Paranormal Activity 2

The Paranormal Activity 2 Experience
Let’s turn back the clock to a simpler time, a time when movies could be made on a budget of eleven thousand dollars, a time when candy bars were this big (I’m making a gesture indicating how large a candy would have been back then.) And it only cost  . . . erm . . . I dunno. Less?  Let’s go back to 2009, when a plucky little movie took the nation by storm and made a totally insane amount of money. That plucky little movie’s name?  Paranormal Activity.

Let’s fast forward back to the future — which is now.  It’s nearing Halloween and just released this weekend is the successor in what the producers are probably hoping will be a horror movie franchise, Paranormal Activity 2.  Yeah!

Maybe you were thinking, “Captain Midnight, where could they take the story next?  Did Katie get on a plane, perhaps going somewhere else, taking the evil or whatever it was, with her? Maybe Paranormal Activity Goes Hawaiian?”   I was wondering about that too.  Of course, they could have gone the whole Blair Witch 2: Book of Shadows route and made a conventional horror movie rather than a found footage film.  Maybe they could have made Paranormal Activity 2 about the aftermath and ensuing investigation into what occurred at the end of the first film.  I’d have been okay with that.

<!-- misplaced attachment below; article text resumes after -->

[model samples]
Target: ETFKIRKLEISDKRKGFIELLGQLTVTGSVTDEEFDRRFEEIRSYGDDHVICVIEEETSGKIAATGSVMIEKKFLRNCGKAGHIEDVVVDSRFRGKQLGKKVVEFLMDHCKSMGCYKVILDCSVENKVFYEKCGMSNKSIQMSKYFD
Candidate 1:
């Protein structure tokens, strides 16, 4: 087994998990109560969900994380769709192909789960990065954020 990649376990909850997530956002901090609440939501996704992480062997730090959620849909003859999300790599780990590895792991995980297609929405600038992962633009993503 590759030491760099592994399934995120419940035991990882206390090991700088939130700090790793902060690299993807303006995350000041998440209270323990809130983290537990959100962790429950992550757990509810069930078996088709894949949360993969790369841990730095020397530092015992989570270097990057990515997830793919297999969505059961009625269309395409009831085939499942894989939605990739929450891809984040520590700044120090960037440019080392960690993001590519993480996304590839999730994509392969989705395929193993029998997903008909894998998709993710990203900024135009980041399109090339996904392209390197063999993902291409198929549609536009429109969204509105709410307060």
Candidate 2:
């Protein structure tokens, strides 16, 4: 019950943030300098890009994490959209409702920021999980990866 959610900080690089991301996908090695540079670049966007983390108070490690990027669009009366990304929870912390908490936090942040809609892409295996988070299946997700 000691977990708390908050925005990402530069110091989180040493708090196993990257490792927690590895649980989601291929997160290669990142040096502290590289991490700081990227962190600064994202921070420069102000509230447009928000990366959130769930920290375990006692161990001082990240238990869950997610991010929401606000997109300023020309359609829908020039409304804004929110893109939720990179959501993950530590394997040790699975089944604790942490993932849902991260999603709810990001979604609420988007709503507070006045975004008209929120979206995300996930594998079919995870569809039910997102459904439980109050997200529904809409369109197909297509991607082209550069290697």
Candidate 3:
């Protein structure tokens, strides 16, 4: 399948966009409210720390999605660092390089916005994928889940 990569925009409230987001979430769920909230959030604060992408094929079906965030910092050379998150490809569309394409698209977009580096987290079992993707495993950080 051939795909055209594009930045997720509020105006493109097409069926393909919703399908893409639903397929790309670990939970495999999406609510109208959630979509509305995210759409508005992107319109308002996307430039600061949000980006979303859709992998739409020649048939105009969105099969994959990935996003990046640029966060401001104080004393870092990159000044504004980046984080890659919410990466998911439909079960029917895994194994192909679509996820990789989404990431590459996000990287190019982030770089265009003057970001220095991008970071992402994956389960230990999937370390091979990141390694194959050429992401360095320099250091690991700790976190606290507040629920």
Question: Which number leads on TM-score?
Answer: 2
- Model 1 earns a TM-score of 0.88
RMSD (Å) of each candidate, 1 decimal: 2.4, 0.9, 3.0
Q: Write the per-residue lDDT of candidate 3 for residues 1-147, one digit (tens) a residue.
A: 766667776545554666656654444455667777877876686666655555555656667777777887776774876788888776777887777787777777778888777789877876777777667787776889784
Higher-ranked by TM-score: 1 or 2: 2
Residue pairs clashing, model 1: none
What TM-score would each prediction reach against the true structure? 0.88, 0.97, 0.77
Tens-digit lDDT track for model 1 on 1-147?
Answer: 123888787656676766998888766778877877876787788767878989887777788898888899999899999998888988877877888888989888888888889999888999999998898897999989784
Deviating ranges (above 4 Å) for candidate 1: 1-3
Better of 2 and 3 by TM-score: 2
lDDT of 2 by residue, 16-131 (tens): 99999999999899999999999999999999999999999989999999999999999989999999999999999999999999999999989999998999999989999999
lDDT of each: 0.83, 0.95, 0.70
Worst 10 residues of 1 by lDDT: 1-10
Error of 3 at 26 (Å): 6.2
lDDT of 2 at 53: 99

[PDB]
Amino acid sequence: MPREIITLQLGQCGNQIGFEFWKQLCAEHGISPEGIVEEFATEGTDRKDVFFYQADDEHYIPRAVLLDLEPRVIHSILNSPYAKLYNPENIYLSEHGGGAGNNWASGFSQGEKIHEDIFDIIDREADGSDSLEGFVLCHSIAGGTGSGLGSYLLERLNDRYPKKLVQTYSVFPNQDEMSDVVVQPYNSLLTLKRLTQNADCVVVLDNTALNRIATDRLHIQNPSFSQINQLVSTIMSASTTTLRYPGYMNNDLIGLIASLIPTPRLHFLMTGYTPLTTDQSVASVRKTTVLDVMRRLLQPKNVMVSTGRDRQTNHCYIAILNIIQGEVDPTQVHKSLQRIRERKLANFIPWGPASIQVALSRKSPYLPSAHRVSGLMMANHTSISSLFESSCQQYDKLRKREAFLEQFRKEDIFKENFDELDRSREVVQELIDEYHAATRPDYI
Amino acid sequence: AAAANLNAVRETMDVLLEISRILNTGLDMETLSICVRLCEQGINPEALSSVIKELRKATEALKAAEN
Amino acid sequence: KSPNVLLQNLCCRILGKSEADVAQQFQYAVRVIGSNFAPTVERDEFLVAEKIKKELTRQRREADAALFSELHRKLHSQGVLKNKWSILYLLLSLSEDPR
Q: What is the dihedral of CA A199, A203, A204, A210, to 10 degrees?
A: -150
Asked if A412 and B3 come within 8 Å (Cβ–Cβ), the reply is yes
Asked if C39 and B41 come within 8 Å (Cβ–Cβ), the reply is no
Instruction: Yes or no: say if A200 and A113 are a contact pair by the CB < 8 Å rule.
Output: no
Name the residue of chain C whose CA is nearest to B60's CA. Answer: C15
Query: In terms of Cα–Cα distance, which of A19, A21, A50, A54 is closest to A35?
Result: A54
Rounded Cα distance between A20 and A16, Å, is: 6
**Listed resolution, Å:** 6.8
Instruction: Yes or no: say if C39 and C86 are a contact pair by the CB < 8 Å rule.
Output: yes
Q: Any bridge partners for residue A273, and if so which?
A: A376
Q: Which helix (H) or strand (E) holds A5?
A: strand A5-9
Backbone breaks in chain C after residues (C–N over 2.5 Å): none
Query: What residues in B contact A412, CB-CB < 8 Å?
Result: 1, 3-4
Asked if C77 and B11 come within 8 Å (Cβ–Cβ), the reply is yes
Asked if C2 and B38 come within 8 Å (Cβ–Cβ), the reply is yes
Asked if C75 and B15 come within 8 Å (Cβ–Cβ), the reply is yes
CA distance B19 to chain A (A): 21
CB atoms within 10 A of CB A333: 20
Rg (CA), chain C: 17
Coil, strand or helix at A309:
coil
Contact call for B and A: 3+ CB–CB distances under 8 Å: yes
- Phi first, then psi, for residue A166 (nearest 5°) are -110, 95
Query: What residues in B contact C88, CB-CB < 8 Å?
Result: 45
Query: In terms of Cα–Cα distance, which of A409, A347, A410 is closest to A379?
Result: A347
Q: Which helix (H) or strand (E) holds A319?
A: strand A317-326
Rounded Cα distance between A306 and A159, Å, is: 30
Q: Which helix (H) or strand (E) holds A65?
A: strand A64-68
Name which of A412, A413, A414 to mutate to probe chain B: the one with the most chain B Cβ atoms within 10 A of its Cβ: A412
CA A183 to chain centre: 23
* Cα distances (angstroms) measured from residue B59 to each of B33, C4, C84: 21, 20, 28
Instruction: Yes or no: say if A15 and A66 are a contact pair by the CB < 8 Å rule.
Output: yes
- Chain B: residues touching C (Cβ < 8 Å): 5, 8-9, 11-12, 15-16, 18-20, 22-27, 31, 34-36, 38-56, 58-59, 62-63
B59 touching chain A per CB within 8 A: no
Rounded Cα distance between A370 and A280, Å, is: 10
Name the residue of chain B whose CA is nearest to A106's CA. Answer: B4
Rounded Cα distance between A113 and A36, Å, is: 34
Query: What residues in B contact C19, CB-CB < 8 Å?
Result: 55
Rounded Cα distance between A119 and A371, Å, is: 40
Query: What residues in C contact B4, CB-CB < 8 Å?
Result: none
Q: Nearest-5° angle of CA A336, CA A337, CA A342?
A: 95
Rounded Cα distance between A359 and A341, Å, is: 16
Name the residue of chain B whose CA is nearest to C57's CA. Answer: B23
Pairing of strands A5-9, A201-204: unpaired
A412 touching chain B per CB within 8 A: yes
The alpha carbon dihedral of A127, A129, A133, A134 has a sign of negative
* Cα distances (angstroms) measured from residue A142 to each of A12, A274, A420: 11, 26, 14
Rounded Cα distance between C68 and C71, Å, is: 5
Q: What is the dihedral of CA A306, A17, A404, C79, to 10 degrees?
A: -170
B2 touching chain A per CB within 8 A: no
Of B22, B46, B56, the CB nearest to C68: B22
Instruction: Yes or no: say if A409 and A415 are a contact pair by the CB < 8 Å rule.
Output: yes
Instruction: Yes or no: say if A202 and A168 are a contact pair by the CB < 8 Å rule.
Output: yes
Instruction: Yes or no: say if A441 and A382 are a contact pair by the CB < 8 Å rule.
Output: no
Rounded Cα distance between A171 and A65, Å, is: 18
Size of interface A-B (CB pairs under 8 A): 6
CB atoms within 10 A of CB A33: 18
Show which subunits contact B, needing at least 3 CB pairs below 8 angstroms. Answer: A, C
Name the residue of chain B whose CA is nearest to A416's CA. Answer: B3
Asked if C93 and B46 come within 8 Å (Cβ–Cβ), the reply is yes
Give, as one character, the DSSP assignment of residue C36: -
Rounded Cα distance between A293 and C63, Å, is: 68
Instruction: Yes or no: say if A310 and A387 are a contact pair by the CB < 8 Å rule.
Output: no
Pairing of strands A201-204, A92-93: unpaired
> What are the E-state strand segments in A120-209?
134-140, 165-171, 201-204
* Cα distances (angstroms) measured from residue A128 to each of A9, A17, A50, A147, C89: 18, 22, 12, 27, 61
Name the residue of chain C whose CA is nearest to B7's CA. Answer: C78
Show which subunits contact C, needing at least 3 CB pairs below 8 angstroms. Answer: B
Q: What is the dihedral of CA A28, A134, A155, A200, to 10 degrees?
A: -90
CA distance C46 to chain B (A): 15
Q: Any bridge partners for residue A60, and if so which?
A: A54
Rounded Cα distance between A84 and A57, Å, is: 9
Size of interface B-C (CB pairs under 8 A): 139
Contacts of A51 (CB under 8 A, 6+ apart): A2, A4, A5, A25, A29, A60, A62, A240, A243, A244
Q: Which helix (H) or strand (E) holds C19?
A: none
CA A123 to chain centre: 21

Instead they chose to continue in the found footage vein, which given the reception to Book of Shadow, I’m not surprised.  Oren Peli found a winning formula in doing his story as cinéma vérité.  There is no reason not to go back to the well.  Even if the sequel falls flat, it’s hard to imagine anyone crucifying him or his co-producers for trying to do it again.  Did it work again?  Yeeeeeeeah, sort of – instead of Paranormal Activity 2 simply being another found footage haunting film, unrelated to the first except in style, it’s tied directly to the first film.  You could even call it a prequel to the first film and not miss the mark by much.

Paranormal Activity 2 opens with the Rey family returning  to their snazzy Carlsbad home shortly after the birth a son, who will go through life with the name Hunter Rey. The new mother, Kristi, is the sister of Katie from the first film.    Uh-oh.  That immediately took me out of the movie.  After all, if supernatural shenanigans occurred with Kristi’s family first, how is it that when the spooky stuff started up at Casa de Katie, she and Micah didn’t put two and two together the first night. I spent most of the rest of the film wondering how they were going to resolve that.